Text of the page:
Kathy Hochul had the inside track to the Democratic nomination, but Letitia James had an arguably better opportunity to get the gubernatorial nod. Instead of pressing her advantages on diversity and distance from Andrew Cuomo, however, the New York AG has “suspended” her campaign for next year’s gubernatorial nomination. Instead, she’s aiming for re-election as AG:
New York Attorney General Letitia James is suspending her campaign for governor after less than two months.
“I have come to the conclusion that I must continue my work as attorney general,” James said in a surprise announcement Thursday. “There are a number of important investigations and cases that are underway, and I intend to finish the job.”
James said she would run for reelection as attorney general.
That’s a surprising decision, especially given how many scalps James has already rung up. Besides pushing Cuomo out of the governor’s office, which opened up an opportunity for James, her report also resulted in Chris Cuomo’s career demise as well. In fact, the release of text messages prompted another high-profile resignation from a Cuomo ally shortly before James’ announcement eclipsed the news:
Jim Malatras, the chancellor of the State University of New York, submitted his resignation on Thursday following intense political pressure for him to step down over text messages that showed him belittling one of the women who had accused former Gov. Andrew M. Cuomo of sexual harassment.
His resignation, which goes into effect on Jan. 14, marked a spectacular fall for yet another of Mr. Cuomo’s allies amid the multiple scandals that led to the former governor’s resignation in August.
Mr. Malatras faced bipartisan backlash and mounting criticism over the past two weeks after Letitia James, the state attorney general, released new evidence from her office’s investigation into Mr. Cuomo. …
The public feud spilled over into a private text chain among members of Cuomo’s inner circle. In one text to the group, Mr. Malatras wrote, “Malatras to Boylan:,” followed by an obscenity. In another text message, Mr. Malatras wrote, “Let’s release some of her cray emails!” Cray is slang for crazy.
As the NYT notes, that makes it almost a clean sweep now by James:
Ms. Hochul’s attempts to distance herself from Mr. Cuomo have led to the resignation of nearly all of the officials who were part of Mr. Cuomo’s inner orbit, including most of his top staff, as well as his inspector general and health commissioner. Mr. Malatras had been one of the last holdouts.
What scalps did James still have left to get? Here’s another report from the NYT with a pretty good guess:
The announcement came on the same day that it became known that Ms. James’s office intended to subpoena former President Donald J. Trump to testify in a civil fraud investigation.
Ms. James, whose office is also participating in the criminal investigation being run by the Manhattan district attorney, Cyrus R. Vance Jr., is seeking to question Mr. Trump under oath on Jan. 7 as part of her separate civil inquiry into his business practices.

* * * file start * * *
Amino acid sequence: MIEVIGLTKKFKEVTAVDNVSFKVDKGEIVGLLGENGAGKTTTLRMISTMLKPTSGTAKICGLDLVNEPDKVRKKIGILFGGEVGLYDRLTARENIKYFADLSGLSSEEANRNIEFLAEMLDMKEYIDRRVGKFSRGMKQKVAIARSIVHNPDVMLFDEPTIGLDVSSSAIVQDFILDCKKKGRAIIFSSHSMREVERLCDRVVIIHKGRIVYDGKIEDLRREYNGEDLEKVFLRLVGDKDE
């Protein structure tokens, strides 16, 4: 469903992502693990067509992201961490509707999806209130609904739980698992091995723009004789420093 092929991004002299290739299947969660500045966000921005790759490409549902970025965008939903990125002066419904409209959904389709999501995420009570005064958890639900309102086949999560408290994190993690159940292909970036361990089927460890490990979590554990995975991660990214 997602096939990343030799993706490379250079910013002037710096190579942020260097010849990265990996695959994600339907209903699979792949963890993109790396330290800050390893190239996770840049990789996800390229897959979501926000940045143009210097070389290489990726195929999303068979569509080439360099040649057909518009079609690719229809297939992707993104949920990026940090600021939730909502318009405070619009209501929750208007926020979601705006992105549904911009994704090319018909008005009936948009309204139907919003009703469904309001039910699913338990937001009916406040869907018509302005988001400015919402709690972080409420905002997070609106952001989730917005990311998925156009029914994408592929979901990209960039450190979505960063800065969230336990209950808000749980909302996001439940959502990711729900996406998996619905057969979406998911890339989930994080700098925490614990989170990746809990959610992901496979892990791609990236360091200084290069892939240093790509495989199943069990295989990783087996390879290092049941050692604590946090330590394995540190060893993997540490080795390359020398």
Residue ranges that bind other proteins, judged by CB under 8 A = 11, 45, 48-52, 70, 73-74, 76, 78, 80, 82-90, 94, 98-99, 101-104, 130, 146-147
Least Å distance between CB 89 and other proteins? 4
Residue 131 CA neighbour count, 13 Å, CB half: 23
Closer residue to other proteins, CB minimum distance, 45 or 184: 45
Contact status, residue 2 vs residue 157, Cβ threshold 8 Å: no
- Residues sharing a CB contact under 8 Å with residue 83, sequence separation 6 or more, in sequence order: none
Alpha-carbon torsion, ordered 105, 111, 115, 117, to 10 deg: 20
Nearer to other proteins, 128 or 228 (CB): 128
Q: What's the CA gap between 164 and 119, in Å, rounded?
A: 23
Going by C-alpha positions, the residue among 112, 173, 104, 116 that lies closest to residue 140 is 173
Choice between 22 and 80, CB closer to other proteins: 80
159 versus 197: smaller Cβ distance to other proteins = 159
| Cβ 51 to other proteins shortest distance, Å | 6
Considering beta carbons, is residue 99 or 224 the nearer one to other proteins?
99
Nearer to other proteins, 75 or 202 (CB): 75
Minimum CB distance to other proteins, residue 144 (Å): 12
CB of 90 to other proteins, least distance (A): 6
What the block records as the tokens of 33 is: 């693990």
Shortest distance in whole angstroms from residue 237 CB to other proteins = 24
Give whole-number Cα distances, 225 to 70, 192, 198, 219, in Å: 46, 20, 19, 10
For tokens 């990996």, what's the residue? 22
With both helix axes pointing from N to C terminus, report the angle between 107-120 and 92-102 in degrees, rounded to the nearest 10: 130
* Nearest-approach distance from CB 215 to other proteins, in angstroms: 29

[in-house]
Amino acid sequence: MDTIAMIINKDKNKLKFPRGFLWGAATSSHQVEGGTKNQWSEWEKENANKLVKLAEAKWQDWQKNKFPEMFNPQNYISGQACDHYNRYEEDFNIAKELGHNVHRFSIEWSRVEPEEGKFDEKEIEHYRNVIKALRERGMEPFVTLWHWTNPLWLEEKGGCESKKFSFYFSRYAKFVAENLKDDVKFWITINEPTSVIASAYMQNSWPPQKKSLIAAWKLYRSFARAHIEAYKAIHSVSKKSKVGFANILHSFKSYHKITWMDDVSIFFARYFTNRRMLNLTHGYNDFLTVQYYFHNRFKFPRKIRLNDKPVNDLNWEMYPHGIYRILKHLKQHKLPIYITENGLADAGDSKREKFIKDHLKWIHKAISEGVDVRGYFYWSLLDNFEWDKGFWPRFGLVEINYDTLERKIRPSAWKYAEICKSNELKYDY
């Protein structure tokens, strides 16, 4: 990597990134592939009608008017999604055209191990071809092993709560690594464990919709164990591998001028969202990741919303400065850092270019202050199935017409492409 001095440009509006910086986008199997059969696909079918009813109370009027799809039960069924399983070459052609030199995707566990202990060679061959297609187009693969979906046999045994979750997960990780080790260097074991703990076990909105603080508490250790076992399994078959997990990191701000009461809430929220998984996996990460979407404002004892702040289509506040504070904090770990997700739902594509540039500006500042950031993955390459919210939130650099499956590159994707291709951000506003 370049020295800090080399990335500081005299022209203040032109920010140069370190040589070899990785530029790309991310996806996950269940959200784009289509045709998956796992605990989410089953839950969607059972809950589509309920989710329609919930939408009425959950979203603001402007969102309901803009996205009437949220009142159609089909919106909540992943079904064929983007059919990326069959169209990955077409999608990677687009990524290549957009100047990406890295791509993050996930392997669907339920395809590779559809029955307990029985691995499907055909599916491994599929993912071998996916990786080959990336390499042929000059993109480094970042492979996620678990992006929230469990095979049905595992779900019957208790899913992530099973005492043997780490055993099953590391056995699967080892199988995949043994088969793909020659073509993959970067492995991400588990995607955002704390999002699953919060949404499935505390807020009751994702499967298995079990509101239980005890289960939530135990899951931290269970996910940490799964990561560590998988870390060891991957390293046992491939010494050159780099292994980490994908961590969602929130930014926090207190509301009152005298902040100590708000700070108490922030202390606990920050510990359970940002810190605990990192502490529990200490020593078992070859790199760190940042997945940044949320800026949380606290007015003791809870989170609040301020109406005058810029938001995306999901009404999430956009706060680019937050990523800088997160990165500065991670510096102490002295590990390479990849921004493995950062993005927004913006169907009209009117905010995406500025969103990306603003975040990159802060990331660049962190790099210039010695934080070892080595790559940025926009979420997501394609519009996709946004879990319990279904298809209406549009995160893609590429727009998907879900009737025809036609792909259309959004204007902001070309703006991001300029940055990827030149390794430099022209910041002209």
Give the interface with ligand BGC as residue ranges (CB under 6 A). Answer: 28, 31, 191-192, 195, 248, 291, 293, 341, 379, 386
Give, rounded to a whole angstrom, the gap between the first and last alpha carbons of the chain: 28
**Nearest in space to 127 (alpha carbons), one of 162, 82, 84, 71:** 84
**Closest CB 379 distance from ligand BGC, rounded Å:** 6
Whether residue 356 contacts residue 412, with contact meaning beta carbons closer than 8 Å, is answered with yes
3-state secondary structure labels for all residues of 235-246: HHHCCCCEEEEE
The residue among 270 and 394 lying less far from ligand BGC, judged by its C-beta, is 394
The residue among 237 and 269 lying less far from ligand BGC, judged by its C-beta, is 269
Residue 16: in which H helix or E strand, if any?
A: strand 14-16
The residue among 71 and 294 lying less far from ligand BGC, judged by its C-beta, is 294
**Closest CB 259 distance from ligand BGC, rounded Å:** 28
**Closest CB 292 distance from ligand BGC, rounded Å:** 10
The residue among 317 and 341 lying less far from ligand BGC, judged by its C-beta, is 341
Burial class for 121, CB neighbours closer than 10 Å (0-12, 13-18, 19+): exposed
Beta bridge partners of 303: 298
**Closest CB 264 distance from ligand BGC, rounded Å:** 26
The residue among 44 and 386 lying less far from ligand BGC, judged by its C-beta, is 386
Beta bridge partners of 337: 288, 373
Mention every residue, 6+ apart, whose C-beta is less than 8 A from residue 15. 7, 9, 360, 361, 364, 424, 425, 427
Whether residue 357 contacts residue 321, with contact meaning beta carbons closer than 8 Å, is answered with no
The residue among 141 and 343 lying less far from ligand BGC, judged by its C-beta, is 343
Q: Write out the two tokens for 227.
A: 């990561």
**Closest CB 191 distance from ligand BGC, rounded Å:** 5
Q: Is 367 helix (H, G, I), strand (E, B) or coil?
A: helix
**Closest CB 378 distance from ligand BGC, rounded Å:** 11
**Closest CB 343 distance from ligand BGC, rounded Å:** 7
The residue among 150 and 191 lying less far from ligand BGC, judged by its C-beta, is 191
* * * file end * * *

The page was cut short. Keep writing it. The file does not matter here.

Is a civil action against Donald Trump really worth passing up a promotion to the top state executive office? That doesn’t sound plausible, but perhaps James didn’t think she’d get the promotion anyway. James would have likely lost the nomination fight to Hochul, who has busily consolidated support since replacing Cuomo:
Recent opinion polls had shown Ms. James trailing Ms. Hochul, the state’s first female governor, among Democratic primary voters by double digits, and she was thought to significantly trail the governor in fund-raising, as well. Ms. Hochul, a prolific campaigner, has also rolled out a steady stream of endorsements, though Ms. James had also secured some prominent backing.
Ms. James also faced significant competition for her New York City base: Jumaane D. Williams, the New York City public advocate and another Brooklynite, threatened to cut into parts of the coalition she was hoping to build, and Mayor Bill de Blasio of New York City, who is also looking at a run, could have siphoned off some of the Brooklyn-rooted voters she had been counting on. Brooklyn represents the single largest voting bloc in most Democratic statewide primaries.
There’s no way de Blasio beats Hochul to the nomination — unless James is in the mix and the votes start splitting unpredictably. De Blasio isn’t popular even in NYC, and it’s a sure bet that he’s not going to sell outside the Big Apple even in the Democratic primaries. By pulling out now, James preserves her political position and office, and will have a legit argument of having done her party a huge solid:
She opted to relinquish her pursuit of the governor’s office for the good of the state Democratic party, the chairman told ABC News.
“I think that she understands that we need to be united now and divisive primary is going to go against our interests. Not going to help us. This was a selfless act on her part,” state Democratic chairman Jay Jacobs told WABC.
Whatever the reason, it’s not good news for Cuomo. He had planned to fight any charges or litigation that might come as having been the victim of a political coup created by a woman who had her sights set on his job. James’ decision to pull out makes that an even less credible defense.